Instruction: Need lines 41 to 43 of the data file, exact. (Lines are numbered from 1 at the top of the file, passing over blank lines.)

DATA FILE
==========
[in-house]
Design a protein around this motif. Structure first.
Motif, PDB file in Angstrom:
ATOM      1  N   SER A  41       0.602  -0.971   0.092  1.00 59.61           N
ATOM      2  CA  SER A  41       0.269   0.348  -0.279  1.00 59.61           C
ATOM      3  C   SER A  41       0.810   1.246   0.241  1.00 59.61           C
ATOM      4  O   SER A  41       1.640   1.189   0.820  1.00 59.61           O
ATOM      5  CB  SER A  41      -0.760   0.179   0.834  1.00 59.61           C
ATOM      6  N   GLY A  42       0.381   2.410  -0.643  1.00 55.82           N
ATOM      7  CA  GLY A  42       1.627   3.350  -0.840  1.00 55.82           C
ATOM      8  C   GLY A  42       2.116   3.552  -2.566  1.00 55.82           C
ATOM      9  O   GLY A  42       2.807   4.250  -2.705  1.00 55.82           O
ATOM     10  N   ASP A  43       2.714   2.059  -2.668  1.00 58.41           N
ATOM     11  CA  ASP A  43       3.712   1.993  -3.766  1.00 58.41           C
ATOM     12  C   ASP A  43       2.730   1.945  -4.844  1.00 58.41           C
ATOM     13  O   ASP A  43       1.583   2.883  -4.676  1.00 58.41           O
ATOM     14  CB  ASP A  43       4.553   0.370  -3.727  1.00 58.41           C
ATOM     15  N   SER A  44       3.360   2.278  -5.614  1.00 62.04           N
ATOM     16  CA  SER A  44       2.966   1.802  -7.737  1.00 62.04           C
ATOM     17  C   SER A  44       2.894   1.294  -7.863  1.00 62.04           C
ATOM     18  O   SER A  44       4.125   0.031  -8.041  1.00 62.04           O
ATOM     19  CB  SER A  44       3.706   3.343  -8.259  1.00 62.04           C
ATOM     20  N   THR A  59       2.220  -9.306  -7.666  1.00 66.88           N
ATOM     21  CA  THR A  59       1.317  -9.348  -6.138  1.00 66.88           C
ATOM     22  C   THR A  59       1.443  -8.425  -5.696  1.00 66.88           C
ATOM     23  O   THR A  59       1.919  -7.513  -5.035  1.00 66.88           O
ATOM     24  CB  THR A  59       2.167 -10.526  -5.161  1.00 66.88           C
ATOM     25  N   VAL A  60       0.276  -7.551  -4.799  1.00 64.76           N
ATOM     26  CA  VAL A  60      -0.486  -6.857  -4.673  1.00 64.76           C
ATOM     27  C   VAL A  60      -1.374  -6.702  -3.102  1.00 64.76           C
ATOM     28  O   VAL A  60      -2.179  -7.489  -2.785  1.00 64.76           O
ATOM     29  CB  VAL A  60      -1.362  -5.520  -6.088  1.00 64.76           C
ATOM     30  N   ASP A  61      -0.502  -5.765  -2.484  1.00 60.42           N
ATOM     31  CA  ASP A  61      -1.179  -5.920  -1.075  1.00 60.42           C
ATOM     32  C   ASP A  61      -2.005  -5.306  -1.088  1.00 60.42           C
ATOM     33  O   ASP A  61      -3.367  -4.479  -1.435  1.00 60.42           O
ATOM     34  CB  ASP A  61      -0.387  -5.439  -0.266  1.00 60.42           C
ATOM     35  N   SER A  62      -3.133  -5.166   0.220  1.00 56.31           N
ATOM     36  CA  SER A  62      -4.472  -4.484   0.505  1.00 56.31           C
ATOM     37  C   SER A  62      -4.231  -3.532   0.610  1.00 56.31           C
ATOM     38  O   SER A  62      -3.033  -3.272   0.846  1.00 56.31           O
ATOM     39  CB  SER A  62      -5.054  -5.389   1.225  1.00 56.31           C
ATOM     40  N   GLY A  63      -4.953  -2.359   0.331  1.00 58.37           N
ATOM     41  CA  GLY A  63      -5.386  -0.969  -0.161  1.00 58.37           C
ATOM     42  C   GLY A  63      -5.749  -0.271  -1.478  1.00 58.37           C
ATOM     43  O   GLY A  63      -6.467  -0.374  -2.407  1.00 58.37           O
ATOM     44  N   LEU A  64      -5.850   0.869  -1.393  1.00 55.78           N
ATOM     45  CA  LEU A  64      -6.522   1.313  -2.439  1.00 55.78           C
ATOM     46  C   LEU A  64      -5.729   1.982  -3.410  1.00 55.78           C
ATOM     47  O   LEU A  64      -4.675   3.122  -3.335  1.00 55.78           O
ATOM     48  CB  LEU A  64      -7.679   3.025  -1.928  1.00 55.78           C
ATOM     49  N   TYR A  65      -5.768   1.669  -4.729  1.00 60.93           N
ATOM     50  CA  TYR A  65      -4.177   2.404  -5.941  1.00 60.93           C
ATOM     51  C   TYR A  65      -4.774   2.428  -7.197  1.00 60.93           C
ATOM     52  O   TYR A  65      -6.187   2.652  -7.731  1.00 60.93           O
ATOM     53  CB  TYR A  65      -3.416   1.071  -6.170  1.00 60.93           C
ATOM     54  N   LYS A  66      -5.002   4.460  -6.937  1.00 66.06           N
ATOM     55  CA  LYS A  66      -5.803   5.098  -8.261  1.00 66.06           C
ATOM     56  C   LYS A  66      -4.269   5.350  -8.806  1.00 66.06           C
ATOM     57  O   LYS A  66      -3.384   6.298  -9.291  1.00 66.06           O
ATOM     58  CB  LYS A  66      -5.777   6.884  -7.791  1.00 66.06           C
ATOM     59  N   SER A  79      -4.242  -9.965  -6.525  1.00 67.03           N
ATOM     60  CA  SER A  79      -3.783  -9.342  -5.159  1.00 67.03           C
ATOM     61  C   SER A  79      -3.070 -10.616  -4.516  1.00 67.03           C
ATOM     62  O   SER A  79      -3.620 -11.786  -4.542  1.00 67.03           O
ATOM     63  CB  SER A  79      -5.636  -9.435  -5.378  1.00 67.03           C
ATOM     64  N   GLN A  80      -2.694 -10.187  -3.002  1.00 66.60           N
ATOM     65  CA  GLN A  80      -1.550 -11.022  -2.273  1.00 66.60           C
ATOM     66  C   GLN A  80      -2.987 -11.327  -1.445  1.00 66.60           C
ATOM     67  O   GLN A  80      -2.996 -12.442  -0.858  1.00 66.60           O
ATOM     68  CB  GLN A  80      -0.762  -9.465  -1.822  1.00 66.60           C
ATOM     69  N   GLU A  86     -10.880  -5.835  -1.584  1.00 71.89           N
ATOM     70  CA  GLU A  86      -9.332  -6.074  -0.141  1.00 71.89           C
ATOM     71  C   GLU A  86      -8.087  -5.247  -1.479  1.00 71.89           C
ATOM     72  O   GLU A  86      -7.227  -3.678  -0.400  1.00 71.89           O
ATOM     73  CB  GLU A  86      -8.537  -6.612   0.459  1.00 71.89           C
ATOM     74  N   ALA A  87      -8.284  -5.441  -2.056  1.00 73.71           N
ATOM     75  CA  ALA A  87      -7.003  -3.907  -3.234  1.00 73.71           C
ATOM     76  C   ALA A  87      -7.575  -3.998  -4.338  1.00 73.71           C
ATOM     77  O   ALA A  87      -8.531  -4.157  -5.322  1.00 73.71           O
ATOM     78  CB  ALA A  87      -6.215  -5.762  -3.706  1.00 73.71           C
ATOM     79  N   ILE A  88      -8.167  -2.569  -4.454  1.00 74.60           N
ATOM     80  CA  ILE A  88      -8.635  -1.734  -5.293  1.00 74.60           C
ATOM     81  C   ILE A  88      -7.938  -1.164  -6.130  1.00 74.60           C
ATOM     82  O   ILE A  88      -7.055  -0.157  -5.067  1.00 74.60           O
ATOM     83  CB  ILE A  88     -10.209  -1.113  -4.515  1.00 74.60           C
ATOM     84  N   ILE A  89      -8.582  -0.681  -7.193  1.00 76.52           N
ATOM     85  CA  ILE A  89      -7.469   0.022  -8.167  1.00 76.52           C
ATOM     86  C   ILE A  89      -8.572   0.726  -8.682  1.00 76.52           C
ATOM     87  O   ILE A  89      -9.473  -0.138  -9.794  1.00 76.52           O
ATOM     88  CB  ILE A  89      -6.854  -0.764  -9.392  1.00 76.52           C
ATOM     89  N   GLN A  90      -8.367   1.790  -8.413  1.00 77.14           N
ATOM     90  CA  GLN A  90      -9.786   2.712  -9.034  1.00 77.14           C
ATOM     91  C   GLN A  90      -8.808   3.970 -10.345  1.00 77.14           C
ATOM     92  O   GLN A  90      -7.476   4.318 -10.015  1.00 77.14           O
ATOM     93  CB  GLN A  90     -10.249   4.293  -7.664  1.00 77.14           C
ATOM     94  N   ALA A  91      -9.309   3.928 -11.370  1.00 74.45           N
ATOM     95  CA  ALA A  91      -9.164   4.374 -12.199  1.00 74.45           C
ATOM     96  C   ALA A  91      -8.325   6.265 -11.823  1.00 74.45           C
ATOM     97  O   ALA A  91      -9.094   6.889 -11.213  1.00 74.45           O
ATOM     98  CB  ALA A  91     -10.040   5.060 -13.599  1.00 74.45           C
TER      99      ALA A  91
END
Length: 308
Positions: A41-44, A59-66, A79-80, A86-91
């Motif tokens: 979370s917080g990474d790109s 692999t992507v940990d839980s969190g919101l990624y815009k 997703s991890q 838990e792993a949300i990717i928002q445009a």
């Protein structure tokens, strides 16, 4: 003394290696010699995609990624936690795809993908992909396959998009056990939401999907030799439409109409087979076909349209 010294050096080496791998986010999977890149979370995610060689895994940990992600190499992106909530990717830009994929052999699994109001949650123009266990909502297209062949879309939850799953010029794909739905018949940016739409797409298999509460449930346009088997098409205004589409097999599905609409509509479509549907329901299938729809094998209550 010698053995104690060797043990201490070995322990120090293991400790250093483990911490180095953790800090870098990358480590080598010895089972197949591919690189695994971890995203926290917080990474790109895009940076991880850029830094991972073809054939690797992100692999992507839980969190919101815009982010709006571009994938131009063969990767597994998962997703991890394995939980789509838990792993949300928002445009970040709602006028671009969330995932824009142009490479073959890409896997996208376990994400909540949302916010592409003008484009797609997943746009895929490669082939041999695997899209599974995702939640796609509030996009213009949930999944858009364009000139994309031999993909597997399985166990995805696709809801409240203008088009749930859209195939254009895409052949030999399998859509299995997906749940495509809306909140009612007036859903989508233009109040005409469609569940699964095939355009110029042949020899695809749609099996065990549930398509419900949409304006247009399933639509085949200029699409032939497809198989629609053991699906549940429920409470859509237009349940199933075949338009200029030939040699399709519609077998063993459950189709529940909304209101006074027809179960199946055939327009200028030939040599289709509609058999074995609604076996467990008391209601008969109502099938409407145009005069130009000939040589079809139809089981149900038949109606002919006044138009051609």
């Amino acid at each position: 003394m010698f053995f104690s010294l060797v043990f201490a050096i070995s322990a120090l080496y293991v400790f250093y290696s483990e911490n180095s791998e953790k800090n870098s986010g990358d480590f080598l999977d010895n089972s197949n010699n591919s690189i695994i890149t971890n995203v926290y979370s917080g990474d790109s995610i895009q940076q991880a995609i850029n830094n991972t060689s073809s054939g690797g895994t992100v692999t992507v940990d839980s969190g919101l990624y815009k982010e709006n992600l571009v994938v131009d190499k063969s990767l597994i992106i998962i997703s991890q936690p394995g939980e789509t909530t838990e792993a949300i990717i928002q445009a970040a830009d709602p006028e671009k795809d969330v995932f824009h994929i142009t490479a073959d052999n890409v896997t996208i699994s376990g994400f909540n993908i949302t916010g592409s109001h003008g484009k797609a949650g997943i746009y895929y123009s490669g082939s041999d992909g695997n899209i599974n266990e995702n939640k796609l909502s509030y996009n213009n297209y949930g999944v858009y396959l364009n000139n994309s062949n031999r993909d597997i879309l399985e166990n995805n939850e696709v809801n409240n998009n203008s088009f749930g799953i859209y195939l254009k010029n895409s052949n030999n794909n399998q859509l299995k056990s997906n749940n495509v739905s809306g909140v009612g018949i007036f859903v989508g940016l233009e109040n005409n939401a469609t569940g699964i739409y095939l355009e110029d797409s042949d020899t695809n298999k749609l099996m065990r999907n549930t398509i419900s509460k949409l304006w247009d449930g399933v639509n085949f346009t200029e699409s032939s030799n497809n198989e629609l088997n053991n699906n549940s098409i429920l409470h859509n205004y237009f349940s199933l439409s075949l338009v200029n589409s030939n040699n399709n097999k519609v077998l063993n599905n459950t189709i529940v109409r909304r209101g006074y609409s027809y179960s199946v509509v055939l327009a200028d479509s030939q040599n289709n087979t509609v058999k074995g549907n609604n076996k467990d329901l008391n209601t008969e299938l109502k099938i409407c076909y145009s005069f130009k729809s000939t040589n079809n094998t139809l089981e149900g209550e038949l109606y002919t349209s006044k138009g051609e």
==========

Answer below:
ATOM     38  O   SER A  62      -3.033  -3.272   0.846  1.00 56.31           O
ATOM     39  CB  SER A  62      -5.054  -5.389   1.225  1.00 56.31           C
ATOM     40  N   GLY A  63      -4.953  -2.359   0.331  1.00 58.37           N